The following article, Taking Our Maternal Bodies Back: Our Bodies, Ourselves and The Boston Women’s Health Book Collective,1 was written by former OBOS staff member Robbie Pfeufer Kahn and originally published as a chapter in the 1988 book Changing Education: Women as Radicals and Conservators.
Almost twenty years ago, some early members of the women’s movement in the United States produced a book on women’s health which has achieved world-wide recognition for educating women about our bodies and for contributing to a national and even international women’s health movement. In what follows I discuss the history and development of Our Bodies, Ourselves by looking at successive editions of the text. Following this more comprehensive history I direct my attention to the development of the childbearing material and, finally, speak about the text’s contribution to women and educational change.
The women’s health classic, Our Bodies, Ourselves (hereafter referred to as OBOS) grew like a pearl in the shell of Boston, one of the foremost medical centers of the world. Out of the irritant of experiences as patients in the medical system, the founding women in the Boston Women’s Health Book Collective (hereafter called the Collective) created something of value for the women’s movement and for all women. Originally the book began as a course. Calling themselves the Boston Women’s Health Collective, or the Boston Women’s Health Course Collective, the women who first convened to discuss women and health issues produced a series of papers called Women and Their Bodies: A Course.2 They had come together at a “women’s liberation” gathering sponsored by the organization Bread and Roses (an early women’s liberation movement group in the Boston area) to discuss their experiences as patients; some had in mind their obstetrical experience, which often is the first sustained contact a woman has with the medical care system. Respecting subjectivity—a respect found throughout the women’s movement, reflected in the early slogan “the personal is political,” and in the proliferation of “consciousness raising” groups (where women get together to share stories)—the “bodies’ groups” as they came to be called, were organized so that women could share feelings, experiences, and ideas with one another. A photo in the first edition (1970:3) was used to show women sitting together in a circle—the circle long having stood for unity and wholeness—engaged in the act of helping each other restore a sense of integrity which their medical (and in some cases social) experiences had eroded. The cover photo of the book used in all the editions shows women of different ages holding a placard which reads “Women Unite.”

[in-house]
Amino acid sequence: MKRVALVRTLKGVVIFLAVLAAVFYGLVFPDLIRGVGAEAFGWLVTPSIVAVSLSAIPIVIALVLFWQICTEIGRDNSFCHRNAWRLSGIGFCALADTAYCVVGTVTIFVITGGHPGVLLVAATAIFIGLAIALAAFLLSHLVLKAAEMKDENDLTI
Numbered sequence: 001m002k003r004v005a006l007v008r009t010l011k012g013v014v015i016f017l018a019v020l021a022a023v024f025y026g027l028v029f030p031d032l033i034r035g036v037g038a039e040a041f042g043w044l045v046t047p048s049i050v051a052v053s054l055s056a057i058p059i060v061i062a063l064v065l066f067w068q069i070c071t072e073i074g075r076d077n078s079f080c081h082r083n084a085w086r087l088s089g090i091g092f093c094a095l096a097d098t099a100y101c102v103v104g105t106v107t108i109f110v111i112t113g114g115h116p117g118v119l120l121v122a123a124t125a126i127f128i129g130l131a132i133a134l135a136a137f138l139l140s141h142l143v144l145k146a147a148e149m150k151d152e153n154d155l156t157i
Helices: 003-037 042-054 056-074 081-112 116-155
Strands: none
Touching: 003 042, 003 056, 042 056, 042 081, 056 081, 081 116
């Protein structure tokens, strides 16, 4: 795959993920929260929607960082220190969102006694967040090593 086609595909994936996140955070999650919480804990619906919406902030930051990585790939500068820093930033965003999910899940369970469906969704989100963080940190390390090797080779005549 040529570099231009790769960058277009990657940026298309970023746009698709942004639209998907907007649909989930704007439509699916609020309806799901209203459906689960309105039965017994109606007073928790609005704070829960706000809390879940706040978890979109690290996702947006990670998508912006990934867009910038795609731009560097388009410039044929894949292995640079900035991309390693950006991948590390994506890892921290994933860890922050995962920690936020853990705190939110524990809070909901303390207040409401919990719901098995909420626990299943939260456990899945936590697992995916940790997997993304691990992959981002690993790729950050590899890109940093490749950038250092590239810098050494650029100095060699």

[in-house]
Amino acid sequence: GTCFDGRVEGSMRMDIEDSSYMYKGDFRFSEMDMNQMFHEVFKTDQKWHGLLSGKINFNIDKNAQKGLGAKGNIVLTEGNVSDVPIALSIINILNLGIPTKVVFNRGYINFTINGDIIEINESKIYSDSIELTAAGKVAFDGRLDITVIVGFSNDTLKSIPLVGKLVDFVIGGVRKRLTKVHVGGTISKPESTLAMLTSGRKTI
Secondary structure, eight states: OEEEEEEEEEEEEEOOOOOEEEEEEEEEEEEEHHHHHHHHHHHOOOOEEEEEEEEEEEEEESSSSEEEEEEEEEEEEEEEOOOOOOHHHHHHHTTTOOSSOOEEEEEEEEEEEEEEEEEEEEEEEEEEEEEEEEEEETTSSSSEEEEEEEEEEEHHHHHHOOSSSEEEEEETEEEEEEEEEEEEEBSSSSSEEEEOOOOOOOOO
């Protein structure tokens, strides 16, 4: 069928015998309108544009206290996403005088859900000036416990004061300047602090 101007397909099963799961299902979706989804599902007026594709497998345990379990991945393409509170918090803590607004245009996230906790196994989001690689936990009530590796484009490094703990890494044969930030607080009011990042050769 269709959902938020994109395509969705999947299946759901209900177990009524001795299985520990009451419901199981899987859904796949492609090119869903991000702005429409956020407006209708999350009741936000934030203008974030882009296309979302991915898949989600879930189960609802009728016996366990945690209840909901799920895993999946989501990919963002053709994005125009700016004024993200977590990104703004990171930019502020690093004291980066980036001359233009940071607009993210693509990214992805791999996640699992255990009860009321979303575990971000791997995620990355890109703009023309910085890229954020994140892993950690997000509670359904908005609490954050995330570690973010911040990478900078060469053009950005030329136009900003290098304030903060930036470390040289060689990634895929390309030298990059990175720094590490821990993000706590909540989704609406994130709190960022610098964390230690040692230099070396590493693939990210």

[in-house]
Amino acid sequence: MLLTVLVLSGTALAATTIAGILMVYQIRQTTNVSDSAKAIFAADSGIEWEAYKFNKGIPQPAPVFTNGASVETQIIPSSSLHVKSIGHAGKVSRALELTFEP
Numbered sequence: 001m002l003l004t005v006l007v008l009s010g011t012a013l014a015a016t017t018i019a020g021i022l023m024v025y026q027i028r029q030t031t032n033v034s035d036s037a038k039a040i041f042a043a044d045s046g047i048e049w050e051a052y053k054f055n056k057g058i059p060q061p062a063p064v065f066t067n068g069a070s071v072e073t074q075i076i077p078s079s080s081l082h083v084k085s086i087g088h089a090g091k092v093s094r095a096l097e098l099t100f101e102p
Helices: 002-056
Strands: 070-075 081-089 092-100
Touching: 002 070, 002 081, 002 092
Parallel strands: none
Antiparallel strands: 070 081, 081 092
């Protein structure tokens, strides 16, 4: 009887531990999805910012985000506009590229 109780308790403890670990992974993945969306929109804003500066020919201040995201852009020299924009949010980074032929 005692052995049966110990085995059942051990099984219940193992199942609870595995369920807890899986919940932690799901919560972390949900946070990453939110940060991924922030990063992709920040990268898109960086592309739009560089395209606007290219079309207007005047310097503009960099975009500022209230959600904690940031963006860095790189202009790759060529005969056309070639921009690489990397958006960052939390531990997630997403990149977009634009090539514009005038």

Initially, the women simply wanted to share stories and draw up a list of “good” doctors; but, as one woman put it, for every good story about a doctor someone else had a counter “horror” story. Soon the women decided to teach themselves information about their own bodies. People divided up subject matter according to interest, set about doing research, and made presentations to the group. Conducted at places like Harvard Medical School Library, the research uncovered misogyny as well as information about women and their bodies; the disclosure of medicine’s attitudes toward women became part of the project.